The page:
“The new adverts are using the power of kittens and puppies to get you to buy their biscuits. The “sweeet” campaign shows a set of adorable puppies emerging from inside a digestive packet. The tag line says it all: “The crumbly cuddle of McVitie’s”.” McVities went on to use kittens, piglets, and ducklings in the same way.

Another creative team somewhere else decided that Phillip Schofield looking adoringly at a cockapoo pup, and gently blowing on his sweet little head of downy fluff would send people hurtling to We Buy Any Car to sell their vehicles instead of part exchanging them.

There were five puppies in the studio on the day of the six-hour shoot (one apparently had a wee in Phillip’s slipper) and all the puppies used were just six weeks old.

There’s even a TV ad running at the moment for a company called TaxScouts which features Milo the pug (real name Chucky). The ad created by LaGuarda, a digital brand and marketing consultancy, filmed it in Amsterdam due to UK lockdown. It features a woman called Sarah who is in her kitchen holding a bag of dog food, her chubby pug at her feet. Sarah’s hearing about how the nightmare of sorting out her self-assessment tax return can be sorted by this company for a flat fee. She’s so enthralled by how easy it sounds that she mindlessly continues pouring the dog food into the dog bowl without looking. By the end of the ad, surprise surprise, there is a thigh-high mountain of dog food in front of her and no sign of poor Milo, who has been buried in the kibble.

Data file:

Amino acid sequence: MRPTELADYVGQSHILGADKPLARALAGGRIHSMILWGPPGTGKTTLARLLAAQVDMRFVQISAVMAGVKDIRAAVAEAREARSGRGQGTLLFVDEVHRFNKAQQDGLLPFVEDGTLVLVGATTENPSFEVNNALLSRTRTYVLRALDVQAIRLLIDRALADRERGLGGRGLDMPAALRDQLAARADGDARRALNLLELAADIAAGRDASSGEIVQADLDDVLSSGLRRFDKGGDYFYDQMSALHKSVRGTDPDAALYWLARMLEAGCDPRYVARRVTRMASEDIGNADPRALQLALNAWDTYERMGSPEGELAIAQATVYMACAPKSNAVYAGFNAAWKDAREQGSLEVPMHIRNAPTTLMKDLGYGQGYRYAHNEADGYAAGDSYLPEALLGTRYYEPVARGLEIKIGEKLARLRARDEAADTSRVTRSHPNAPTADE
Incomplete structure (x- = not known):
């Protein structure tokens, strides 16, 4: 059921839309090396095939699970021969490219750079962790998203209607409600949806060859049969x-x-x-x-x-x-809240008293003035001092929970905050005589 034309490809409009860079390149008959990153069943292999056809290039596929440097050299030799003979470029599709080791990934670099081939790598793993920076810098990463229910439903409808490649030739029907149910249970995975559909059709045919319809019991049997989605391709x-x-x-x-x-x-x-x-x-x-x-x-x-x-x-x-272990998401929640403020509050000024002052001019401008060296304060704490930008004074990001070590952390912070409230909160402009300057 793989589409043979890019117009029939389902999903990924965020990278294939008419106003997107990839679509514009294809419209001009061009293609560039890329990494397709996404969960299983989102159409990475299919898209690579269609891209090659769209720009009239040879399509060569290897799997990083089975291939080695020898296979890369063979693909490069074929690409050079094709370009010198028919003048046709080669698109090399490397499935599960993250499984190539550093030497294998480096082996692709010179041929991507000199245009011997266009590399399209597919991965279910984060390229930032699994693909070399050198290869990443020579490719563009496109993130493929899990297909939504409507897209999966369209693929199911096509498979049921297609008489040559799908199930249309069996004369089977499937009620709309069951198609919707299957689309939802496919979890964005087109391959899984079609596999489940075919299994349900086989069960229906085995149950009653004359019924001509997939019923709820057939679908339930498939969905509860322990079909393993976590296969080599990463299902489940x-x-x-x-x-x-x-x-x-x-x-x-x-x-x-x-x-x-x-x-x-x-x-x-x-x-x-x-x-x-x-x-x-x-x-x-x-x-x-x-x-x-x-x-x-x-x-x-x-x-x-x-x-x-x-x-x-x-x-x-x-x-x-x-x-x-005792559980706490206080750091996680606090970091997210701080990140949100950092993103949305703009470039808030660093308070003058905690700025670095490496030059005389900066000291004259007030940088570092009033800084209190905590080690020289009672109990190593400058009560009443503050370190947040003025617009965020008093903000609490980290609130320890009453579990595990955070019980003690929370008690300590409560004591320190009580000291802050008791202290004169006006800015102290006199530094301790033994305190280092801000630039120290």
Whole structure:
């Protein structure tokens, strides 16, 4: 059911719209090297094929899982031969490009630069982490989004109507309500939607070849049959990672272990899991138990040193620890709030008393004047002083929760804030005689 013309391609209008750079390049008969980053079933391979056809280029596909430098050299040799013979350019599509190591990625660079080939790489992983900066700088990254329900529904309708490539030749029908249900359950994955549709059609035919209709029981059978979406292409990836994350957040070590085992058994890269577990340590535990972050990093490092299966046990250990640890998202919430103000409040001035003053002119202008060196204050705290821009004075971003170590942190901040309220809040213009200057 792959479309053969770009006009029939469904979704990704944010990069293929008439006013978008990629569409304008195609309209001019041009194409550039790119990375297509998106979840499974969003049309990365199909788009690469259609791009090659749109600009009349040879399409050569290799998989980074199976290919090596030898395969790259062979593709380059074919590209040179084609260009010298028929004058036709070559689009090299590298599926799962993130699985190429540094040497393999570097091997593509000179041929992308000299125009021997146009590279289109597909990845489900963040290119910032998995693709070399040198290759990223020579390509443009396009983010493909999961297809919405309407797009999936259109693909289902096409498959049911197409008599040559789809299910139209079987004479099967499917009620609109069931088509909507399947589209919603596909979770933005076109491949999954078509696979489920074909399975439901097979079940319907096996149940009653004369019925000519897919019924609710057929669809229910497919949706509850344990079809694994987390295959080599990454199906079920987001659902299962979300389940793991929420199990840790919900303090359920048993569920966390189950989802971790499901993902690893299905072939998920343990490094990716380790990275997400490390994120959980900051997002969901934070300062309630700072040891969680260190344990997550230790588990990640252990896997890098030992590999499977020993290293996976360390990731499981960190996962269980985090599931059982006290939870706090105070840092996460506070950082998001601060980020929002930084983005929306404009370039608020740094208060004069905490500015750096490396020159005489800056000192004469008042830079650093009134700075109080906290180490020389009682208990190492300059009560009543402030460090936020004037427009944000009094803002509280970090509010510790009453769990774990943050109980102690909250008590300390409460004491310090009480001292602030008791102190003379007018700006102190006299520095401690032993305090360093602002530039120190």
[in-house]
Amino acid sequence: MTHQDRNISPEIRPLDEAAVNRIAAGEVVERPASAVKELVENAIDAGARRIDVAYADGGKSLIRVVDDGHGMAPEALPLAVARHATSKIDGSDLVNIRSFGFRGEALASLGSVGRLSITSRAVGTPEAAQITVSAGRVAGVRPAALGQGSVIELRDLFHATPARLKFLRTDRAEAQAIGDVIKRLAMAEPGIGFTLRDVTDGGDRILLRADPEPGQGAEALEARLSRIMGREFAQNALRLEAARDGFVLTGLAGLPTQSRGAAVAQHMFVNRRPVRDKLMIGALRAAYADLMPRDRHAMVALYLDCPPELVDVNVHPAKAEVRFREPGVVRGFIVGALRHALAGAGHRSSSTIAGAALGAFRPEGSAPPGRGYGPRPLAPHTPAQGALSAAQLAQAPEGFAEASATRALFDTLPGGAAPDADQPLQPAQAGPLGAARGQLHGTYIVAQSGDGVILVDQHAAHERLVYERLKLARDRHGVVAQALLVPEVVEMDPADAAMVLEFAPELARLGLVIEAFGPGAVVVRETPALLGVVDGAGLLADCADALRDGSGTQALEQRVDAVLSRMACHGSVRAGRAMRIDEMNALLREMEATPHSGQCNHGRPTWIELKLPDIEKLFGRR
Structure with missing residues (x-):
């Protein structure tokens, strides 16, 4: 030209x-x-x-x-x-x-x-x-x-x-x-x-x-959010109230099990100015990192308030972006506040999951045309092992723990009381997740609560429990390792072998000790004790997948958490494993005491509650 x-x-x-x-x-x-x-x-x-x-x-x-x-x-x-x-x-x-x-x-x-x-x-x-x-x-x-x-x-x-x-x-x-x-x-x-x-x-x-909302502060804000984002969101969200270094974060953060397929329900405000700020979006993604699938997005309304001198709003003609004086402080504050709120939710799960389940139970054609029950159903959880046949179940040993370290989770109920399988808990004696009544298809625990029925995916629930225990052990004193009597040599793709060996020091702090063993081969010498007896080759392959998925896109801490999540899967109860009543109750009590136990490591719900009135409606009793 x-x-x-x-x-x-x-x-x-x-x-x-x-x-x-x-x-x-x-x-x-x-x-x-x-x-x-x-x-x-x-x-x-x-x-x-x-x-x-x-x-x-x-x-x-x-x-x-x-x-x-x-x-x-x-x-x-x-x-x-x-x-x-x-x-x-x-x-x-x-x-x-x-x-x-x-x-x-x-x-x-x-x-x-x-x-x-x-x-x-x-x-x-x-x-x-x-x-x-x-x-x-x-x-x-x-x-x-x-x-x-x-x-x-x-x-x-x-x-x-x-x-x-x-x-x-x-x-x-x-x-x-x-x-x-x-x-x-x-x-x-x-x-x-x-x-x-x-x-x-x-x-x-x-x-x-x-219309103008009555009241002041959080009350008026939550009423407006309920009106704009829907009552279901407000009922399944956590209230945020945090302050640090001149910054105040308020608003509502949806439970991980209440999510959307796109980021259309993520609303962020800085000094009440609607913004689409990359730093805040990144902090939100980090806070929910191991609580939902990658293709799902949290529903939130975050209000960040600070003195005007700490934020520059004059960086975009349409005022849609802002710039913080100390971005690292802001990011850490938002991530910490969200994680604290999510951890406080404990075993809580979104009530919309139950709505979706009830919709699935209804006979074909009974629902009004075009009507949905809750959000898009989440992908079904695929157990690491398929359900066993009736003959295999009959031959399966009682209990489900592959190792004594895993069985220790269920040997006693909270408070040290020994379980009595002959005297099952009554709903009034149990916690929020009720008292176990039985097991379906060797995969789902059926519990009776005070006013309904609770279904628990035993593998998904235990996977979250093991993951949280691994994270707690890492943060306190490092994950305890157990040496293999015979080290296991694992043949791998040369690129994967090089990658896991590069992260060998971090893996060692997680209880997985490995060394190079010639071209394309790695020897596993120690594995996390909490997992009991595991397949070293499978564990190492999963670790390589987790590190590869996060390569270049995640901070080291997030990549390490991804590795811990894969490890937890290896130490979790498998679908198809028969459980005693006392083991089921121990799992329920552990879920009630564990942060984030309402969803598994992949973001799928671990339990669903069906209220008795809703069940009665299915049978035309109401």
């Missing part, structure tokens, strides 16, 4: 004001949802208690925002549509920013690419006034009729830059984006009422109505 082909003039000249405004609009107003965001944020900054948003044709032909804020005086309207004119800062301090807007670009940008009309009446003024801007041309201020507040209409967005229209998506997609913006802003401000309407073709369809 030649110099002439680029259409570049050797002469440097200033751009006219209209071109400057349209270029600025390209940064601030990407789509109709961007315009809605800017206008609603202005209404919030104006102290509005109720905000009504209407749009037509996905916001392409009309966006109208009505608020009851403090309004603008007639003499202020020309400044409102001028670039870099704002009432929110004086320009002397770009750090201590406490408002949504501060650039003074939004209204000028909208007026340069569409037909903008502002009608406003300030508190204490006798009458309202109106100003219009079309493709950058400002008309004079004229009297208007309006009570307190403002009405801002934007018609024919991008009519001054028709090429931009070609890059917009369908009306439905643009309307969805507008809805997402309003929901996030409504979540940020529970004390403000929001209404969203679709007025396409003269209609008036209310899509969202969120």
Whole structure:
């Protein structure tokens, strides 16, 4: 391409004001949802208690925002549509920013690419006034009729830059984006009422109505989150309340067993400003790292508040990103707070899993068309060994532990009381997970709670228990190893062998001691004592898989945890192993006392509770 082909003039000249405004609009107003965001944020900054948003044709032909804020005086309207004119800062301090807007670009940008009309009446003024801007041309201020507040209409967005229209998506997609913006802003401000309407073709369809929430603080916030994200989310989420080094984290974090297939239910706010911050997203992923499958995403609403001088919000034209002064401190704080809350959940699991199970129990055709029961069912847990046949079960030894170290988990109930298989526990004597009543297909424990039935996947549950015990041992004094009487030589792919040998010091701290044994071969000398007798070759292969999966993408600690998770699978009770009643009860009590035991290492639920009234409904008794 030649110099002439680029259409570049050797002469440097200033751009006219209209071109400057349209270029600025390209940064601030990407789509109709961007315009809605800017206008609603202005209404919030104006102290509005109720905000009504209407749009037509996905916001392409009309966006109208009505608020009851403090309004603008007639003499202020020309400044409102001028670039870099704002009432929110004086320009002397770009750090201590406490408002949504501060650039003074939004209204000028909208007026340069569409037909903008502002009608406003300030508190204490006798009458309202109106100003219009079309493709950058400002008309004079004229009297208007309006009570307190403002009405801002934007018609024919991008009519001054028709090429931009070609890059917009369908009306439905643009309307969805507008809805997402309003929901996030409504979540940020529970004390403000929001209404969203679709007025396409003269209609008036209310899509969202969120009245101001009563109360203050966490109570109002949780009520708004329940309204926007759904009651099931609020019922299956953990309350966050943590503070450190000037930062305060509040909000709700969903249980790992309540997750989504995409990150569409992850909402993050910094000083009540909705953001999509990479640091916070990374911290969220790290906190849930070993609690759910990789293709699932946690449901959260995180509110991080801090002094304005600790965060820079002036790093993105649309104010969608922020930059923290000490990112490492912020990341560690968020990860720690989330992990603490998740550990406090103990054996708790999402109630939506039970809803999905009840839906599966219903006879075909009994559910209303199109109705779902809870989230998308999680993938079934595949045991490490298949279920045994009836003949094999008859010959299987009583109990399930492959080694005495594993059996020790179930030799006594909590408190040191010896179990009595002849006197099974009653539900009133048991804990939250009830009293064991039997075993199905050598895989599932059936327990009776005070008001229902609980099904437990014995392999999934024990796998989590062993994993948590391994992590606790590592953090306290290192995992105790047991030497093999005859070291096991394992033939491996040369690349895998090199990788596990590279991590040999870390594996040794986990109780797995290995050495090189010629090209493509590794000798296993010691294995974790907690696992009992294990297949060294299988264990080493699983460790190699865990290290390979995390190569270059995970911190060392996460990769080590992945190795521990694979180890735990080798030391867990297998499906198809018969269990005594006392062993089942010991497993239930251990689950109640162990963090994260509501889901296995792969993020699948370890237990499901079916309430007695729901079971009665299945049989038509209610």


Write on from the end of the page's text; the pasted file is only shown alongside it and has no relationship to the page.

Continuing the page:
The power to do harm

The appeal of using animals in advertising is as old as the medium itself. The problem is that advertisers and creatives are still failing to grasp the potential harm they have the power to do when it comes to using real animals in advertising. Naturally, they assure us that no harm comes to any animals used in this way, but today there are growing numbers of people who feel it is exploitative. As well as the potential to give members of the public worrying examples of how to treat animals and help propagate the idea that animals are just a commodity that we can use at will, it can have a more sinister subliminal side effect.